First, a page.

Yet it must be said, I do think EBGTTR is clever in its minimalistic approach, stripping back the game to almost barebones and making it a stark contrast to other games, where we have come to expect a lot of them. In a day and age where games have so much to offer that some believe there is too much, causing game fatigue, EBGTTR does offer a much different and slower experience, one that allows you to enjoy the effort that has been made of both the story and its graphics, instead of bombarding you with mission objectives and collectables that only serve to overshadow the story and environment, and challenges your expectations. It can be said that EBGTTR is a game that is trying to make you fall in love with gaming again, allowing you to absorb what is onscreen as opposed to just dashing about, focusing on objectives and collectables and ignoring everything else, and trying to give you a renewed sense of appreciation for the medium as a whole. So I can certainly appreciate EBGTTR for what it is and what it could be trying to do; it certainly got people talking, with everybody having their own interpretation.


EBGTTR has some beautiful visuals, accompanied by a hauntingly serene soundtrack.

Yet, after playing through for a while, I was still bored – there is only so much quiet awe and slow pacing that you can take before it becomes tedious and repetitive and the story on its own can only offer so much. I also found that, as the story is so broken up, I felt I could miss something integral to the plot, such as a scene or a radio that gives you more information, and so felt like I wouldn’t experience what the game has to offer fully, especially on a first run. Sure, I could replay the game, but there really isn’t much to go back for upon completion. The story is also so broken up and marred by long sections where you can go without seeing any story at all that I found it pulled me out of the experience and I gradually became disinterested with what was happening.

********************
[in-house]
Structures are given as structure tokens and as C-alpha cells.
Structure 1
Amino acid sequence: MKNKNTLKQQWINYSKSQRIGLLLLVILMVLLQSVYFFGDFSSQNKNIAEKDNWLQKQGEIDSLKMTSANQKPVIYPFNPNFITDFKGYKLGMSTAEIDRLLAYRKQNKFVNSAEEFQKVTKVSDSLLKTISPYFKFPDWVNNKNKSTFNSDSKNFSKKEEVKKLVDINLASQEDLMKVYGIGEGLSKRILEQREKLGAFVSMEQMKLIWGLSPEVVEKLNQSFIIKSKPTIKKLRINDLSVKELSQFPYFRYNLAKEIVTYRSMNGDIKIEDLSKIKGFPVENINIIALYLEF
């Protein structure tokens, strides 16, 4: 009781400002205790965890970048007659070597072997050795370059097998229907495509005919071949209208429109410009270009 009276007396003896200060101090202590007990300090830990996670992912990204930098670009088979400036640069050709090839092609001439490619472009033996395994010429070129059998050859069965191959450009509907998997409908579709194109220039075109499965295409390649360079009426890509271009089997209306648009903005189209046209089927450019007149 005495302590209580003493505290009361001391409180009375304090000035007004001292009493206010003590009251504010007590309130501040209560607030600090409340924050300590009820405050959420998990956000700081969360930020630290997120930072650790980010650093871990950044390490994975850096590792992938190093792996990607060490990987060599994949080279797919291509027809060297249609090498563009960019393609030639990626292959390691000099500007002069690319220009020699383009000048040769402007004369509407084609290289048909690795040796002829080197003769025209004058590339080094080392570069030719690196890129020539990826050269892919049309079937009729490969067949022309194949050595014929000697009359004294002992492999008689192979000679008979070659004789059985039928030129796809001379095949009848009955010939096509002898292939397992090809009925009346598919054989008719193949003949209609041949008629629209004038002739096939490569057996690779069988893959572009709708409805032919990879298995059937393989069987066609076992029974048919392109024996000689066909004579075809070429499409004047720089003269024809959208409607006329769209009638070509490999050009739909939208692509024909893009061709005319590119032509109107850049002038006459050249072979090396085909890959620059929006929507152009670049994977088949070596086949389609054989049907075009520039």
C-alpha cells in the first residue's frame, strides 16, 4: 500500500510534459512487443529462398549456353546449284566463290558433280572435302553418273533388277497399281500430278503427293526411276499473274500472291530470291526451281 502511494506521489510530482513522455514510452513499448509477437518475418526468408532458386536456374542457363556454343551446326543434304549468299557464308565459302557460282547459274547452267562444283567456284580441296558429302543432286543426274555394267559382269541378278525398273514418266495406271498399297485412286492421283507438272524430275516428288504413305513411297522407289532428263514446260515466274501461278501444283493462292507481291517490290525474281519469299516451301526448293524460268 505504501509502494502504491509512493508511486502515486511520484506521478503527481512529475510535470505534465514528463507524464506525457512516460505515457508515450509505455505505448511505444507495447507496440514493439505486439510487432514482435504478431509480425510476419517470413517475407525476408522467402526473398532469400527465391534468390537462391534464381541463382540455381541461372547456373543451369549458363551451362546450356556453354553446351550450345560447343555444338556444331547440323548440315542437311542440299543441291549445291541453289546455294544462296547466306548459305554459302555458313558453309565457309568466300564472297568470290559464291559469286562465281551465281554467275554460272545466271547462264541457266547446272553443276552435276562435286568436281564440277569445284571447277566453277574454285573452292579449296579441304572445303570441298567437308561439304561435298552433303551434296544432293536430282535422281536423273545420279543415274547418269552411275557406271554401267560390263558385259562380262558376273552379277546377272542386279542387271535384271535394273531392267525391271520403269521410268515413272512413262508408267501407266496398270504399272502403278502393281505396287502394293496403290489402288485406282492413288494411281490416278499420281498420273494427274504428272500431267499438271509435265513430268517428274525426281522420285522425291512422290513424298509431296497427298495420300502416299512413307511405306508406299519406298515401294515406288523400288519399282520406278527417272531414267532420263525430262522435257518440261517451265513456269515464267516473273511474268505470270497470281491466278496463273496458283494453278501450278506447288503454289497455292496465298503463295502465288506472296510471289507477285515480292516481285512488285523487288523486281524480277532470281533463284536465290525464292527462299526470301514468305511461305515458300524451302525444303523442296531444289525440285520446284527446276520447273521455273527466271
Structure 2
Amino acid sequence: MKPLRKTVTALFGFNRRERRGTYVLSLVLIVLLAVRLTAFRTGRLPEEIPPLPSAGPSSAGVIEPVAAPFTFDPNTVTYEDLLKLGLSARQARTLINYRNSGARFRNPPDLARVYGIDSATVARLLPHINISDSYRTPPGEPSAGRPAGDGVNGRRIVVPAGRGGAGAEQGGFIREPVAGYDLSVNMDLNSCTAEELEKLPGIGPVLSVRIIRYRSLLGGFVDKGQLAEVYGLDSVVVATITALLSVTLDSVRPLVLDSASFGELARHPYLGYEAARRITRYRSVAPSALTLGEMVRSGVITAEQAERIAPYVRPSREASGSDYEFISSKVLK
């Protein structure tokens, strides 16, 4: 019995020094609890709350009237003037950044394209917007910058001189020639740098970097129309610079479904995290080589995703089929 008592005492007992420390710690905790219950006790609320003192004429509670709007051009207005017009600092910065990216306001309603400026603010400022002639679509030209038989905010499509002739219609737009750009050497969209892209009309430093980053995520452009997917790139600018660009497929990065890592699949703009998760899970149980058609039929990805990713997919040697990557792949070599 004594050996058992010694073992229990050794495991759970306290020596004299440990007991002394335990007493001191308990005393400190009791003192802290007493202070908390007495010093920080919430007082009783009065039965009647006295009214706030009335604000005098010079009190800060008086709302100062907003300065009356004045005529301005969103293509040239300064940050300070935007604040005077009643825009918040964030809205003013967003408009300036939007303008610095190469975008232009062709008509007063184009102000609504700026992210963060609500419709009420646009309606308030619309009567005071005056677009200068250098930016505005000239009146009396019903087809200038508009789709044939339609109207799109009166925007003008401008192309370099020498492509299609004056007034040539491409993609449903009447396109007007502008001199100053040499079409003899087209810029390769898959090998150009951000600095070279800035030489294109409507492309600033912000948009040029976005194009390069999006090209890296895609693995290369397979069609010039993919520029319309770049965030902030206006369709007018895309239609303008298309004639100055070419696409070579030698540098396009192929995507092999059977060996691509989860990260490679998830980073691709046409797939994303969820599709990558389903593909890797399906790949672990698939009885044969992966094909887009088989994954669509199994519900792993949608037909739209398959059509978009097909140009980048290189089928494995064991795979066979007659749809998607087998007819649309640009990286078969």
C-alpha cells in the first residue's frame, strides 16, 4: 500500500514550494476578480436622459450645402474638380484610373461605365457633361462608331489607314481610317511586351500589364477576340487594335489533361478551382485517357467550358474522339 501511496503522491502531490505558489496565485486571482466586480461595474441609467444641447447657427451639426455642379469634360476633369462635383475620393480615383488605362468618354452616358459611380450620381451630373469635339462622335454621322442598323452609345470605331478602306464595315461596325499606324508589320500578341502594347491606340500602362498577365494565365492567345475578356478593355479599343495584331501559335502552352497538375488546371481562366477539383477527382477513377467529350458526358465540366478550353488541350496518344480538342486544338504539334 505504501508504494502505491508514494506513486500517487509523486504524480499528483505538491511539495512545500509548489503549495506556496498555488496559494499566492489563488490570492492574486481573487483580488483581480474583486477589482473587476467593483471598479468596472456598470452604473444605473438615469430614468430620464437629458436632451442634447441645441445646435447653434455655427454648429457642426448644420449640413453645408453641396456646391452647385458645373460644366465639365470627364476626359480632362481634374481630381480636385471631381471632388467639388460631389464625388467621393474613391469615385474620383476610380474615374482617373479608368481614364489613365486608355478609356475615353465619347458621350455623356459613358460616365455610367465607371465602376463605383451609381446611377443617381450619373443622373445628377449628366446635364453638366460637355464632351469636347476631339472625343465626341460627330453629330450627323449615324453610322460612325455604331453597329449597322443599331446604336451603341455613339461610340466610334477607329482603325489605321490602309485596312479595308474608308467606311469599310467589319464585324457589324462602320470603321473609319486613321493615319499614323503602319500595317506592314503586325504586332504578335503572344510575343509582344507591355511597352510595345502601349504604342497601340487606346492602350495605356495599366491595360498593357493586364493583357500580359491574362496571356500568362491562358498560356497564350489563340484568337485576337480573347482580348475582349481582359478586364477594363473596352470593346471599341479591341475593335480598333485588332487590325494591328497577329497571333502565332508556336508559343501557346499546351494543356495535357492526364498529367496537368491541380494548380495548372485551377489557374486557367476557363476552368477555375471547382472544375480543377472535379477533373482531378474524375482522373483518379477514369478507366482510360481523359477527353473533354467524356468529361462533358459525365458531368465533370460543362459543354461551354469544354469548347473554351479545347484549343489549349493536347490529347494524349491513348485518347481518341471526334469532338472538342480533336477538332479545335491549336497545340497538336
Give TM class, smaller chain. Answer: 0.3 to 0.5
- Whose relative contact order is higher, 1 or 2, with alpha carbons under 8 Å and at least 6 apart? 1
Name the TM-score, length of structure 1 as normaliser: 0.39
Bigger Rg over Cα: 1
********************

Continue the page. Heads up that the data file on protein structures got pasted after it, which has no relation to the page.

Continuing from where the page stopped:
I also take issue with the fact that one of the major characters is American. Don’t get me wrong, I have nothing against Americans, but the game is, as described earlier, quintessentially British and having an American character felt unnecessary; it felt like the developers were pandering to American audiences just to get more sales, as though American players won’t take to the game unless there is something they can connect to. It also doesn’t help that the character, Katherine Collins, is completely unlikable, only interested in her own selfish scientific pursuits and continuing her work on what has happened, even though she knows that what she is doing is causing all of the mayhem and yet giving very little thought to the human life around her. This can be seen as an exploration of a person’s psyche; Katherine is very much an outcast, being an American and of colour back in the 1980’s, and she doesn’t feel very accepted within the English community. The game could be exploring how obsessed a person can become with something they discover and don’t truly understand, and yet feel like they are connected to, enhanced by the fact that they also feel so lonely, and so feel they have to understand it at all costs, as though it is their true calling.